Solar, wind energy power this Vile Parle building
At a time when the city is reliant largely on electricity generated by the burning of coal and gas, a seven-storeyed apartment building in Vile-Parle stands out for using renewable sources to meet its energy needs.
Fourteen years ago, Harendra Shah, 70, and his brothers — Rajendra, 68, Pankaj, 66 and Shailesh, 60 — set up one of the first windmills in the city atop Dolat building opposite Cooper Hospital at Vile Parle (West). It included nine solar panels. The system now produces 2 kilowatt hour (kWh) peak power daily — 1.5kWh from the windmill and 500Wh from the solar panels — which is used to run the lights, fans and a computer in each of the floors. A Mumbai house with two bedrooms uses — on an average — around 8 KWh electricity daily
Thanks to these alternative sources of energy, the family saves 33% of their electricity bill every month. Originally Rs9,000 per month, it now costs Rs6,000 to provide electricity to the entire building. In the past seven years, the family saved Rs2.5 lakh in electricity expenses.
The family recovered the cost of the project within seven years of its inception. After setting up the project at cost of Rs5 lakh, the family received a subsidy of Rs2.5 lakh from the government within three years.
“Since all four of us are engineers, we knew the exact dynamics of such a project. We knew how it would benefit us today, even 14 years ago,” said Shah, who, along with his brothers, are stockbrokers. “While our windmill was the first such establishment by a housing complex in Mumbai, the solar-plus-wind energy hybrid system works as a stopgap arrangement during power failures.”
“During the 2005 deluge, the project helped us tremendously during power outages. On a sunny and windy day, we are able to access peak power of 2kW per day. However, during the monsoon, it drops to 1.5 to 1.7kWh a day,” said Rajendra.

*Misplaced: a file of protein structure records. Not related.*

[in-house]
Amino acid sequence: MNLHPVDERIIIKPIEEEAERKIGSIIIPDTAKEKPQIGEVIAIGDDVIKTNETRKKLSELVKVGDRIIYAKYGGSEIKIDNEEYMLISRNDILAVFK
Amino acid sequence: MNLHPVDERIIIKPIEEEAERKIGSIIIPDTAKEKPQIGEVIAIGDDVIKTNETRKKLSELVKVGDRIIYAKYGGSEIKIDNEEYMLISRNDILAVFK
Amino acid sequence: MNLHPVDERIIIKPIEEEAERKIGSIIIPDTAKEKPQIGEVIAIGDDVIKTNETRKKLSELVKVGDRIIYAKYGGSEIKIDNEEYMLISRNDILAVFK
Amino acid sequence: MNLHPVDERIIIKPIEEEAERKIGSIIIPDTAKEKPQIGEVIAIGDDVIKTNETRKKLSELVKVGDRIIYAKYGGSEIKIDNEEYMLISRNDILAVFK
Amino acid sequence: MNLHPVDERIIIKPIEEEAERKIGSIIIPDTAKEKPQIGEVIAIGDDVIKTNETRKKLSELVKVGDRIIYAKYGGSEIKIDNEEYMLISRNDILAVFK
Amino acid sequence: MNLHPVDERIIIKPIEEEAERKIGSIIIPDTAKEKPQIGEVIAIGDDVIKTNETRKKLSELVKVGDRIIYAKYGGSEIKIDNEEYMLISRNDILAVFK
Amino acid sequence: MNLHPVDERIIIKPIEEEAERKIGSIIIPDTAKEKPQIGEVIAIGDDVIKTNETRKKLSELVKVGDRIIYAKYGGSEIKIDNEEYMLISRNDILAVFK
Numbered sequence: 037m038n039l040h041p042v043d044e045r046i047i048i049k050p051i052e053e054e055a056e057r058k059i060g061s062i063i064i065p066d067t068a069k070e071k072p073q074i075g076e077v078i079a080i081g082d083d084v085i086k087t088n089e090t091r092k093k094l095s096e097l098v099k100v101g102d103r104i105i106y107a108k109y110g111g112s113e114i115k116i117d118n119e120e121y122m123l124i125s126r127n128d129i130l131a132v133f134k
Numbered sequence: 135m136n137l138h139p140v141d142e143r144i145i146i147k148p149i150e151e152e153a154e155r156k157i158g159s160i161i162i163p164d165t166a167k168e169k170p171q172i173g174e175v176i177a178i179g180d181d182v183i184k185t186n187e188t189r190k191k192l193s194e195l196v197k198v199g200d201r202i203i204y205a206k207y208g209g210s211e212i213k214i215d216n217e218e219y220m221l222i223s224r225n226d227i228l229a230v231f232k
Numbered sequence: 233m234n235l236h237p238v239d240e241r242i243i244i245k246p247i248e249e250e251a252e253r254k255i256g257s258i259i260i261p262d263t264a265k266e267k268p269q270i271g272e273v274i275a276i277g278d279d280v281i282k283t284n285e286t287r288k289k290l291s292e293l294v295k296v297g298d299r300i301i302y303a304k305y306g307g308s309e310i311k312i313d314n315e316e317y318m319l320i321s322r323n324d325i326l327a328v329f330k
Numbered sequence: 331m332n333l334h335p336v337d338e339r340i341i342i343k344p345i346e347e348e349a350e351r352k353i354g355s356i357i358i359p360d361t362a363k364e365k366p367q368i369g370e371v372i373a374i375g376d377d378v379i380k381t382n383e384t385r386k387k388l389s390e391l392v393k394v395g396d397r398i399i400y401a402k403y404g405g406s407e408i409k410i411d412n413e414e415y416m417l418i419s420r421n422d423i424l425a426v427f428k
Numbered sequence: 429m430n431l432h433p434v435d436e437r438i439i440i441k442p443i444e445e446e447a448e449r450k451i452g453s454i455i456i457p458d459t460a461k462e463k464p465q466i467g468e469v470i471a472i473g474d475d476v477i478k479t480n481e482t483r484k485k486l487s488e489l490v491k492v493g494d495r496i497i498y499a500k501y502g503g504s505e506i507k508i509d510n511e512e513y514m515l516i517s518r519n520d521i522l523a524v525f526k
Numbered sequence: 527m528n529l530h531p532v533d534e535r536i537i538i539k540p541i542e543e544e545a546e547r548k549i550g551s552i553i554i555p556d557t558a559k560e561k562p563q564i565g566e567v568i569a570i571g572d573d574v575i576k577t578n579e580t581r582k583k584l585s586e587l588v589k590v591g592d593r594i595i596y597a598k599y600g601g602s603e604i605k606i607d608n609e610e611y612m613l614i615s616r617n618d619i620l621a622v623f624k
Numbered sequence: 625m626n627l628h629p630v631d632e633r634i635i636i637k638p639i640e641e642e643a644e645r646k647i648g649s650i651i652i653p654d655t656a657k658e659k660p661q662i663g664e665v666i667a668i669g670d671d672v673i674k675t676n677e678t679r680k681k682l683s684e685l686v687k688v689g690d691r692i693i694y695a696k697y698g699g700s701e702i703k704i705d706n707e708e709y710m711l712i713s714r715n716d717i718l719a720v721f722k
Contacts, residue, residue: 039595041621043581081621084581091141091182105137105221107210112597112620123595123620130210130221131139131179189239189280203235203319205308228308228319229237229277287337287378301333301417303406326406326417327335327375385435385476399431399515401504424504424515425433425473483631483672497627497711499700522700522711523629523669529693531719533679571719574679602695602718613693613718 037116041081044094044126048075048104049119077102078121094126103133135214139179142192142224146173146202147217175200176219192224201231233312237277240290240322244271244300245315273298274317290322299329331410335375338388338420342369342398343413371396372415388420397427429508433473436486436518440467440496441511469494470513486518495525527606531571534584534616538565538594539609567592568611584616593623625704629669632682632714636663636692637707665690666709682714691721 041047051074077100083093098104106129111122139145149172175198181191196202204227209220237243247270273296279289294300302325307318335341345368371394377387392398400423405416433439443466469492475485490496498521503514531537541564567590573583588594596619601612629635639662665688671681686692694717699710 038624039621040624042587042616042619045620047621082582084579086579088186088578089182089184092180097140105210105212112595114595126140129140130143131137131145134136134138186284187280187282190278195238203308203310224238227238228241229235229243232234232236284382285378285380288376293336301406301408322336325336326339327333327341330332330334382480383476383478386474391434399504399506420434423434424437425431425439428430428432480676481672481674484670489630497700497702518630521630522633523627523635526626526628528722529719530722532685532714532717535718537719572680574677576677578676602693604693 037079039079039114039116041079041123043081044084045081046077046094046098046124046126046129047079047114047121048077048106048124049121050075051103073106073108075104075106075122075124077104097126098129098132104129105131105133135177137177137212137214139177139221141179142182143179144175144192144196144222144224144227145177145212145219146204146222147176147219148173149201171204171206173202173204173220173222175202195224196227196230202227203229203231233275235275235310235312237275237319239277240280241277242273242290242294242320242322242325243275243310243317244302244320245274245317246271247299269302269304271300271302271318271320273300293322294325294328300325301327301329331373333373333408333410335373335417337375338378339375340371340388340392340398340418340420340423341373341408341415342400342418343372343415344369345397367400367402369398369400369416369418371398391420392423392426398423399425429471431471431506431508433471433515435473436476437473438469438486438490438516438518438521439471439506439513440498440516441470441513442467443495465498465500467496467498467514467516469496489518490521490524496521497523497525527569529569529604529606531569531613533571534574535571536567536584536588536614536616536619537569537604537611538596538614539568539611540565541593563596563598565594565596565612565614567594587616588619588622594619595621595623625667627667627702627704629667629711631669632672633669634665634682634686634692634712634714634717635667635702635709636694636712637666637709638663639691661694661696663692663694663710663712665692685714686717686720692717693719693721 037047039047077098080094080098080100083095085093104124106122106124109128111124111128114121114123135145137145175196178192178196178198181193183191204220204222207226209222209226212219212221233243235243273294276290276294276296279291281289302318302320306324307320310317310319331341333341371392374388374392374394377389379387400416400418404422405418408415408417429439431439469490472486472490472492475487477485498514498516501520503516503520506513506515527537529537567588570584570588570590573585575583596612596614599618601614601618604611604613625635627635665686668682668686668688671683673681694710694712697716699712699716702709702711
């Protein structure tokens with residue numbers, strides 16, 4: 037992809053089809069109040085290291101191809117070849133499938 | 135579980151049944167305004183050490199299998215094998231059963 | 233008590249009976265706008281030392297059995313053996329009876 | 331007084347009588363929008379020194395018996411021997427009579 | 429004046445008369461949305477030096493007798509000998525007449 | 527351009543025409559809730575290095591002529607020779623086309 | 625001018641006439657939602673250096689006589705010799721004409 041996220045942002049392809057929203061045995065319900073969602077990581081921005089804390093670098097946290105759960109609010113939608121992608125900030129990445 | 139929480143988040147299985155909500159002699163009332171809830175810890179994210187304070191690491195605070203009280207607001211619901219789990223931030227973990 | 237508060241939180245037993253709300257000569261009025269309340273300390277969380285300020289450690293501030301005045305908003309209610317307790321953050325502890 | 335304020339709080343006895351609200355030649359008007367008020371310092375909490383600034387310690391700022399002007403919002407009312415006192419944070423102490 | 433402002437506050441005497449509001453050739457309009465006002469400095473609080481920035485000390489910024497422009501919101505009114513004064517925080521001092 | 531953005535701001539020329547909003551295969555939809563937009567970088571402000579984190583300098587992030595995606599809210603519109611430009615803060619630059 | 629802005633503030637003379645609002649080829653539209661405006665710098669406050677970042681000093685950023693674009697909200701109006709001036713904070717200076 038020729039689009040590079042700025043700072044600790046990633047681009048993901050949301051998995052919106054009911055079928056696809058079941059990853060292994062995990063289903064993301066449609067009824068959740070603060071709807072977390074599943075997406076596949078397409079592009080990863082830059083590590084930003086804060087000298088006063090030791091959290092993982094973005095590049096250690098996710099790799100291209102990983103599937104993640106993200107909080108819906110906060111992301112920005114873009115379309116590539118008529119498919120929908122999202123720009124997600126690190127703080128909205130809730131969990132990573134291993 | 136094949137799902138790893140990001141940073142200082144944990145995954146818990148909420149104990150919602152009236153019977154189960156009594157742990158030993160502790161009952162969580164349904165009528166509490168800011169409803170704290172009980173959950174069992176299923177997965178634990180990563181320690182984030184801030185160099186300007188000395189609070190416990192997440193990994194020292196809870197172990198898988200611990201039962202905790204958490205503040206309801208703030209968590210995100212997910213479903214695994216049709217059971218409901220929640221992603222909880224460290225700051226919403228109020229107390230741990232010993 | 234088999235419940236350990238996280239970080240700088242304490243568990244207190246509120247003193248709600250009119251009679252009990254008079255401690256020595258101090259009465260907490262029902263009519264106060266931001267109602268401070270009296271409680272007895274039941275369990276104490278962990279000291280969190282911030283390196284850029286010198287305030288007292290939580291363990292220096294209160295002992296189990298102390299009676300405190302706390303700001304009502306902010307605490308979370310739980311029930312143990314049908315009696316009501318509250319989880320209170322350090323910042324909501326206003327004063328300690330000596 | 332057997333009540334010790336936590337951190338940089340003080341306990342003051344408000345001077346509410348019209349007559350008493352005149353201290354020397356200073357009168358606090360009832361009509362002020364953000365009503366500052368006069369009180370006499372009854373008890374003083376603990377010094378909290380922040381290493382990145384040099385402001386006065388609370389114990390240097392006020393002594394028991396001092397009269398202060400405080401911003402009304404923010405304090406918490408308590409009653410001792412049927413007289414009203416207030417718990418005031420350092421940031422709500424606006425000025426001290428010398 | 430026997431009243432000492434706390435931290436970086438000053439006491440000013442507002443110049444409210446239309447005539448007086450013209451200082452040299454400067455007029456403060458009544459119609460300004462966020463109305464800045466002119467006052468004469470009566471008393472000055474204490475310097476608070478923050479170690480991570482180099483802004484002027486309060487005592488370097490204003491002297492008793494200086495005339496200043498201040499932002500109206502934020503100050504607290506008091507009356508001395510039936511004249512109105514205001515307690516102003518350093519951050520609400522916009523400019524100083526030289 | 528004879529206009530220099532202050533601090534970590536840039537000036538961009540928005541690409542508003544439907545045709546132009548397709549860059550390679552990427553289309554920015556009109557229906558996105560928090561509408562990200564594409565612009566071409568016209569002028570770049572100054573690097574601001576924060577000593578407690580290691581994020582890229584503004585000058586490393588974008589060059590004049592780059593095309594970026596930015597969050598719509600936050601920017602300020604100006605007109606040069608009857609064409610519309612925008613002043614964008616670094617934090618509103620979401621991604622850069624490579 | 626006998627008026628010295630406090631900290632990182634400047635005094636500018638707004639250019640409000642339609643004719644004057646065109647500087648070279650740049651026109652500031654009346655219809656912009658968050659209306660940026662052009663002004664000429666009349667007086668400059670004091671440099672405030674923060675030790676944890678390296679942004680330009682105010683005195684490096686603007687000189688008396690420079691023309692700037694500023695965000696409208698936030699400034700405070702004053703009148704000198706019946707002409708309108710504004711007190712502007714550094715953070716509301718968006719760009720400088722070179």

A solar water heater has also been installed on the rooftop and is powered using two of the nine panels, which heat up 1,000 litres of water daily. The water is then used in 18 bathrooms across the building.
Impressed by the success of their project, the Shah brothers have decided to install a net metering system — that allows excess solar electricity generated to be sent back to the grid, which the family will be compensated for by the electricity supplier — by the end of this year.
How does the wind energy setup work?
An 8-foot-tall fan with three blades and a small sail at the rear is pushed either by a wind generator or by a natural increase in wind speed
The moving blades produce kinetic energy (Direct Current or DC) that is fed to a battery
The battery charges the power from DC to Alternating Current (AC) that is sent to the building’s meter, which automatically dispatches electricity to different lines across the seven floors
How does the solar energy setup work?
Solar radiation is converted directly into electricity by photovoltaic cells. The technology works without producing any polluting byproducts
The grid and solar power run parallel so that solar energy is evenly distributed throughout the complex
Why should you care?
Wind and solar energy are free sources of renewable energy
They not cause pollution and instead, reduce carbon emissions that come from burning coal, gas and oil for electricity generation
They can be used in remote areas where electricity from the grid cannot be accessed
Items such as street lights, calculators and other low power-consuming devices can be powered
The potential to harness wind and solar energy as a natural resource is infinite
However, building the equipment required to convert solar or wind energy into electricity or hot water is costly
Project replicated elsewhere
The windmill and solar project by the Shah brothers from Vile Parle was replicated by the family at their farmhouse at Murbad, Thane district with an increased capacity of 2.5 kilowatt hour peak power that powers the lights, fans and some heavy-duty electrical items
The solar energy project was replicated at their Andheri-based office where s 500 watt hour project has been installed to power all the lights and fans
“The city’s power situation can be transformed if we construct buildings which generate their own electricity and move towards the concept of ‘zero energy’ homes. In a city like Mumbai, where residential tariffs are high, such a project will be very cost-effective. Not to mention the reduction in carbon footprint that such a project would initiate.”
Ranjan Banerjee, head of department, Department of Energy Science and Engineering, IIT Bombay.